Survival curves were plotted using the Kaplan-Meier method and survival differences were achieved using the log-rank test. Multivariate Cox proportional hazard model was used to estimate the adjusted hazard ratio (HR).

Statistically significant results were indicated by p < 0.05. Statistical analysis was performed with STATISTICA 10.0 software.


CCND1: cyclin D1; CTNBB1: β-catenin; CRC: colorectal cancer; DFS: disease free survival; E1: estrone; E1-S: estrone sulfate; E2: 17β- estradiol; ER (gene ESR1, ESR2): estrogen receptor; ESI LC/MS: Liquid chromatography electrospray ionization tandem mass spectrometry; hMRPL19: human mitochondrial ribosomal protein L19; HR: hazard ratio; HRT: hormone replacement therapy; HSD17βs: 17β-hydroxysteroid dehydrogenases; OS: overall survival; PBGD: porphobilinogen deaminase; RQ-PCR: real-time quantitative polymerase chain reaction.

Author contributions

ARW conceived and designed the experiments, performed the experiments and analyzed the data and wrote the manuscript. LM performed ESI LC/MS experiments and analyzed the data. NH, KH and PK collected and analyzed clinic samples. PPJ participated in design and coordination of study. All authors read and approved the final manuscript.


No potential conflicts of interest were disclosed.


This work is supported by National Science Centre, Poland; 2012/05/N/NZ5/00844.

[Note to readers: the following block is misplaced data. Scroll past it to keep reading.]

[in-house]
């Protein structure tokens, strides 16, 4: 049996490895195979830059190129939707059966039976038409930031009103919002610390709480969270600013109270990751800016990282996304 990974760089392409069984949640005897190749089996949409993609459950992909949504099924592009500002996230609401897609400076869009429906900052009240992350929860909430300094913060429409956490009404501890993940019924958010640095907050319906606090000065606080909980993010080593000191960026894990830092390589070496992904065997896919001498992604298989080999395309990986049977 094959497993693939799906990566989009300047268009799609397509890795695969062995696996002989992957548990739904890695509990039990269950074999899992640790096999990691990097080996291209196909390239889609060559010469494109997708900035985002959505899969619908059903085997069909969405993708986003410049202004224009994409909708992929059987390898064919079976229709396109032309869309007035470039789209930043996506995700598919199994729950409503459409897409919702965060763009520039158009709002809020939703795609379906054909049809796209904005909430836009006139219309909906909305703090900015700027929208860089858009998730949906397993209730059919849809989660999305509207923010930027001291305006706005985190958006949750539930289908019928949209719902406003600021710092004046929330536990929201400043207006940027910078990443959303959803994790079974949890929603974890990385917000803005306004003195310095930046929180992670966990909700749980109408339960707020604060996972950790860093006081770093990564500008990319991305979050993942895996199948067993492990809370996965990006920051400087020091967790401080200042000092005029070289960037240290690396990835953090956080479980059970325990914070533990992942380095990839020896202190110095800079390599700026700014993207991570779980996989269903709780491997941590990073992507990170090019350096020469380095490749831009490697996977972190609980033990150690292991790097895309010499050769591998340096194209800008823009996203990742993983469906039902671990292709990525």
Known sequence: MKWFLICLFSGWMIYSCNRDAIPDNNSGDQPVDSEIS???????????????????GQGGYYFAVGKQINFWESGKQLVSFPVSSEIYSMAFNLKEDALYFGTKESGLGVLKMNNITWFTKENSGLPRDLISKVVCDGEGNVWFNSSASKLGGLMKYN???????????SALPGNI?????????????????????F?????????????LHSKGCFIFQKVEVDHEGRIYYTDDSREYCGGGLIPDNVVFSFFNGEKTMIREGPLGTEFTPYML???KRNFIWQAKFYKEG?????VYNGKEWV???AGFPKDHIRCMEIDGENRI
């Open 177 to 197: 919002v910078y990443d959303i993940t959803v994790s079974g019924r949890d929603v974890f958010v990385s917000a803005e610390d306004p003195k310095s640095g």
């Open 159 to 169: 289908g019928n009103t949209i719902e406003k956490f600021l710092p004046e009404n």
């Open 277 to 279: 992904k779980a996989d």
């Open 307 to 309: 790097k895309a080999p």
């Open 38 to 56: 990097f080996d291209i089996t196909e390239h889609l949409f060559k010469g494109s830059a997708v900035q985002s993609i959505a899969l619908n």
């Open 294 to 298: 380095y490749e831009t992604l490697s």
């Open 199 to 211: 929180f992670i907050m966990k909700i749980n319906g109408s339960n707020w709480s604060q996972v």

1. Siegel R, Miller K, Jemal A. Cancer statistics, 2015. CA Cancer J Clin. 2015; 65: 29. https://doi.org/10.3322/caac.21254.

2. Ries LA, Wingo PA, Miller DS, Howe HL, Weir HK, Rosenberg HM, Vernon SW, Cronin K, Edwards BK. The annual report to the nation on the status of cancer, 1973-1997, with a special section on colorectal cancer. Cancer. 2000; 88: 2398–424. https://doi.org/10.1002/(SICI)1097-0142(20000515)88:10<2398::aid-cncr26>3.0.CO;2-I.

3. Brenner H, Hoffmeister M, Arndt V, Haug U. Gender differences in colorectal cancer: implications for age at initiation of screening. Br J Cancer. 2007; 96: 828–31. https://doi.org/10.1038/sj.bjc.6603628.

4. Qiu Y, Langman MJ, Eggo MC. Targets of 17beta-oestradiol-induced apoptosis in colon cancer cells: a mechanism for the protective effects of hormone replacement therapy? J Endocrinol. 2004; 181: 327–37. Available from http://www.ncbi.nlm.nih.gov/pubmed/15128281.

5. Nelson HD, Humphrey LL, Nygren P, Teutsch SM, Allan JD. Postmenopausal hormone replacement therapy: scientific review. JAMA. 2002; 288: 872–81. https://doi.org/10.1001/jama.288.7.872.

6. Rennert G, Rennert HS, Pinchev M, Lavie O, Gruber SB. Use of hormone replacement therapy and the risk of colorectal cancer. J Clin Oncol. 2009; 27: 4542–7. https://doi.org/10.1200/JCO.2009.22.0764.

7. Guo JY, Li X, Browning JD, Rottinghaus GE, Lubahn DB, Constantinou A, Bennink M, MacDonald RS. Dietary soy isoflavones and estrone protect ovariectomized ERalphaKO and wild-type mice from carcinogen-induced colon cancer. J Nutr. 2004; 134: 179–82. Available from http://jn.nutrition.org/content/134/1/179.abstract.

8. Smirnoff P, Liel Y, Gnainsky J, Shany S, Schwartz B. The protective effect of estrogen against chemically induced murine colon carcinogenesis is associated with decreased CpG island methylation and increased mrna and protein expression of the colonic vitamin D receptor. Oncol Res Featur Preclin Clin Cancer Ther. 1999; 11: 255–64.